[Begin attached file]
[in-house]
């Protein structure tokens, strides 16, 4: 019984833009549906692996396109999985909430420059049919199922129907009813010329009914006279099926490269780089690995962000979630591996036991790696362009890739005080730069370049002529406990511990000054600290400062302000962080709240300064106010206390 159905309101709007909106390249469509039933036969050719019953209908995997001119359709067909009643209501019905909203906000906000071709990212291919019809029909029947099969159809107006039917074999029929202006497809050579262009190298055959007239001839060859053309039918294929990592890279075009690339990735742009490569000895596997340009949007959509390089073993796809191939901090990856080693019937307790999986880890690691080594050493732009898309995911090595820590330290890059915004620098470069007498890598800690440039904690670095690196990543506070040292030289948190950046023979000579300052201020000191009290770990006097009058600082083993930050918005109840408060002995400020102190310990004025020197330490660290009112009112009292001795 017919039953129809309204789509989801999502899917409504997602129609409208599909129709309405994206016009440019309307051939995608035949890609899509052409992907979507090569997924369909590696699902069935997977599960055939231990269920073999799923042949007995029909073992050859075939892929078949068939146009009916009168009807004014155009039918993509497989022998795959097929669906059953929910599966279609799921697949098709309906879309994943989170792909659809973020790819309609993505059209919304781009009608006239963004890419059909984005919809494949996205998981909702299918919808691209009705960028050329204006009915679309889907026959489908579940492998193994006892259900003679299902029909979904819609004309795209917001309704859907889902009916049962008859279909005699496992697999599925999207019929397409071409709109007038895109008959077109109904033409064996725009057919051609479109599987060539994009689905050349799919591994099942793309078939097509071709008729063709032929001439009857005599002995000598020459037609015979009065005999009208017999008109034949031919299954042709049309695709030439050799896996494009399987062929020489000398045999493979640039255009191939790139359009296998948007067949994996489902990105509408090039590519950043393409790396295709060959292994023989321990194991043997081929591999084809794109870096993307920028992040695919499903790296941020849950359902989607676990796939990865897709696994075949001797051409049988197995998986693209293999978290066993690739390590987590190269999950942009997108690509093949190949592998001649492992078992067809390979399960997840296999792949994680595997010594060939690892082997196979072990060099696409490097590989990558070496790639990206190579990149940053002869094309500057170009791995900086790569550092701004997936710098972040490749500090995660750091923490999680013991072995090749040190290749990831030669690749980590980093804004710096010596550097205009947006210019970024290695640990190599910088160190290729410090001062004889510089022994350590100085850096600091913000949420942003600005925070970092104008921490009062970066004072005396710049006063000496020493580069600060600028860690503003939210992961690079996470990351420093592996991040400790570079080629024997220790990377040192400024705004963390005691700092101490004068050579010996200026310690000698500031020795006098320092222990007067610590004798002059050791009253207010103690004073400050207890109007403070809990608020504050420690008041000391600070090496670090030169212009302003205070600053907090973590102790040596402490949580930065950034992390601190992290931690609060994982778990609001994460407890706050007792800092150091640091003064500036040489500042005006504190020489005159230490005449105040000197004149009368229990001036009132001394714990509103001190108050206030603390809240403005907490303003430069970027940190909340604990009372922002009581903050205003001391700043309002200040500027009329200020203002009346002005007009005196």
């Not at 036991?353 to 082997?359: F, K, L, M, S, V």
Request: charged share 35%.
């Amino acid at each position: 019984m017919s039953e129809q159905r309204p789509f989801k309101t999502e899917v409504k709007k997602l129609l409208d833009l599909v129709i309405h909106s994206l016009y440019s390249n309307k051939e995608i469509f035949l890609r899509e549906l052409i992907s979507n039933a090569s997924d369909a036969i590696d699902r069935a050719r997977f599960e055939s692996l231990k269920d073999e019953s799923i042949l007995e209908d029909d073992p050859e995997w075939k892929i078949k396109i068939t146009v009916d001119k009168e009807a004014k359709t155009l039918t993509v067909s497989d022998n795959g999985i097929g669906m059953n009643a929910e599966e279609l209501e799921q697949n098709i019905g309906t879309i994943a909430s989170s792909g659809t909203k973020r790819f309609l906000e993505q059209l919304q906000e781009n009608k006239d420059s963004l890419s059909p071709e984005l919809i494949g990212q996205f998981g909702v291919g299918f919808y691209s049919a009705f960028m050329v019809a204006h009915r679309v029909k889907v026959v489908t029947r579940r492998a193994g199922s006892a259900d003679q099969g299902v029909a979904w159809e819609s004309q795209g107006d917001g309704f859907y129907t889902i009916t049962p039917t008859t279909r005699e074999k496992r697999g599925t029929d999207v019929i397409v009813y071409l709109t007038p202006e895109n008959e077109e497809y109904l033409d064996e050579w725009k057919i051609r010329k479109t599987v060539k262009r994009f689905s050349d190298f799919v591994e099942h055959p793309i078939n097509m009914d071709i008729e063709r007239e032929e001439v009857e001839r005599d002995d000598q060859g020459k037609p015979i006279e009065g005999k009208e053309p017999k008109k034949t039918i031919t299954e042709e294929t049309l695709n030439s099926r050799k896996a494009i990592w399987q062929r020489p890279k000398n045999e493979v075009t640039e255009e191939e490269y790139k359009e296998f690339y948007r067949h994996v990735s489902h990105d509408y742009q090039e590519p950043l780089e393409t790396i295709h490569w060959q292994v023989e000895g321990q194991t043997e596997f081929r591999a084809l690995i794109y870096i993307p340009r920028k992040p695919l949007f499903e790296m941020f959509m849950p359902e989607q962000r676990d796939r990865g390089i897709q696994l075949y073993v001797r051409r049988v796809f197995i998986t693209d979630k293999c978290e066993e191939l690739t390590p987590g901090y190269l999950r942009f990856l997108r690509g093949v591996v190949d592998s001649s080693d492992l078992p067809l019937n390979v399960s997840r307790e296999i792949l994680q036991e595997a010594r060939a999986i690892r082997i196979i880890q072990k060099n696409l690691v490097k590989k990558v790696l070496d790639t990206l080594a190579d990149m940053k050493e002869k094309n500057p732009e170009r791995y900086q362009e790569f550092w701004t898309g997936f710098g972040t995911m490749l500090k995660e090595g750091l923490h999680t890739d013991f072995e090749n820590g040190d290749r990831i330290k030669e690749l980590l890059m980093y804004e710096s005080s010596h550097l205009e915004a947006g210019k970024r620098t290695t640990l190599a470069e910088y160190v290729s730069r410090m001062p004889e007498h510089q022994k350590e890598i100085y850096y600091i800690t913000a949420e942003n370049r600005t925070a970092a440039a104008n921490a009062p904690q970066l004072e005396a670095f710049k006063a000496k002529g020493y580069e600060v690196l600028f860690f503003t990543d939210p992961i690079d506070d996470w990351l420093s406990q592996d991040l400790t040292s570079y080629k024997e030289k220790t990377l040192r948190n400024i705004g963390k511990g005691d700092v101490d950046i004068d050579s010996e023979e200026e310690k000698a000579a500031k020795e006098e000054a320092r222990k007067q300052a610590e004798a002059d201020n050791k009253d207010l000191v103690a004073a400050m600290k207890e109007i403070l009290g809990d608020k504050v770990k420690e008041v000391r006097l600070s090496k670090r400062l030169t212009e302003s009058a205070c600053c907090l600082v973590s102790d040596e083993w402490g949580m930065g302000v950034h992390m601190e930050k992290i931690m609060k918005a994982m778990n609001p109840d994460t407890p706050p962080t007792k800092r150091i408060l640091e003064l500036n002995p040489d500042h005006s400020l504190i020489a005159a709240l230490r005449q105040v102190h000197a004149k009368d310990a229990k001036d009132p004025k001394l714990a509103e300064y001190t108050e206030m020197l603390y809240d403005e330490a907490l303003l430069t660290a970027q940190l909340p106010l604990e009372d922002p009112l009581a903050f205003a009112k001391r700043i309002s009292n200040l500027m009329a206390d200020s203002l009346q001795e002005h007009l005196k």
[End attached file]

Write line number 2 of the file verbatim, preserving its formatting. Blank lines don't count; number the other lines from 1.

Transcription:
């Protein structure tokens, strides 16, 4: 019984833009549906692996396109999985909430420059049919199922129907009813010329009914006279099926490269780089690995962000979630591996036991790696362009890739005080730069370049002529406990511990000054600290400062302000962080709240300064106010206390 159905309101709007909106390249469509039933036969050719019953209908995997001119359709067909009643209501019905909203906000906000071709990212291919019809029909029947099969159809107006039917074999029929202006497809050579262009190298055959007239001839060859053309039918294929990592890279075009690339990735742009490569000895596997340009949007959509390089073993796809191939901090990856080693019937307790999986880890690691080594050493732009898309995911090595820590330290890059915004620098470069007498890598800690440039904690670095690196990543506070040292030289948190950046023979000579300052201020000191009290770990006097009058600082083993930050918005109840408060002995400020102190310990004025020197330490660290009112009112009292001795 017919039953129809309204789509989801999502899917409504997602129609409208599909129709309405994206016009440019309307051939995608035949890609899509052409992907979507090569997924369909590696699902069935997977599960055939231990269920073999799923042949007995029909073992050859075939892929078949068939146009009916009168009807004014155009039918993509497989022998795959097929669906059953929910599966279609799921697949098709309906879309994943989170792909659809973020790819309609993505059209919304781009009608006239963004890419059909984005919809494949996205998981909702299918919808691209009705960028050329204006009915679309889907026959489908579940492998193994006892259900003679299902029909979904819609004309795209917001309704859907889902009916049962008859279909005699496992697999599925999207019929397409071409709109007038895109008959077109109904033409064996725009057919051609479109599987060539994009689905050349799919591994099942793309078939097509071709008729063709032929001439009857005599002995000598020459037609015979009065005999009208017999008109034949031919299954042709049309695709030439050799896996494009399987062929020489000398045999493979640039255009191939790139359009296998948007067949994996489902990105509408090039590519950043393409790396295709060959292994023989321990194991043997081929591999084809794109870096993307920028992040695919499903790296941020849950359902989607676990796939990865897709696994075949001797051409049988197995998986693209293999978290066993690739390590987590190269999950942009997108690509093949190949592998001649492992078992067809390979399960997840296999792949994680595997010594060939690892082997196979072990060099696409490097590989990558070496790639990206190579990149940053002869094309500057170009791995900086790569550092701004997936710098972040490749500090995660750091923490999680013991072995090749040190290749990831030669690749980590980093804004710096010596550097205009947006210019970024290695640990190599910088160190290729410090001062004889510089022994350590100085850096600091913000949420942003600005925070970092104008921490009062970066004072005396710049006063000496020493580069600060600028860690503003939210992961690079996470990351420093592996991040400790570079080629024997220790990377040192400024705004963390005691700092101490004068050579010996200026310690000698500031020795006098320092222990007067610590004798002059050791009253207010103690004073400050207890109007403070809990608020504050420690008041000391600070090496670090030169212009302003205070600053907090973590102790040596402490949580930065950034992390601190992290931690609060994982778990609001994460407890706050007792800092150091640091003064500036040489500042005006504190020489005159230490005449105040000197004149009368229990001036009132001394714990509103001190108050206030603390809240403005907490303003430069970027940190909340604990009372922002009581903050205003001391700043309002200040500027009329200020203002009346002005007009005196």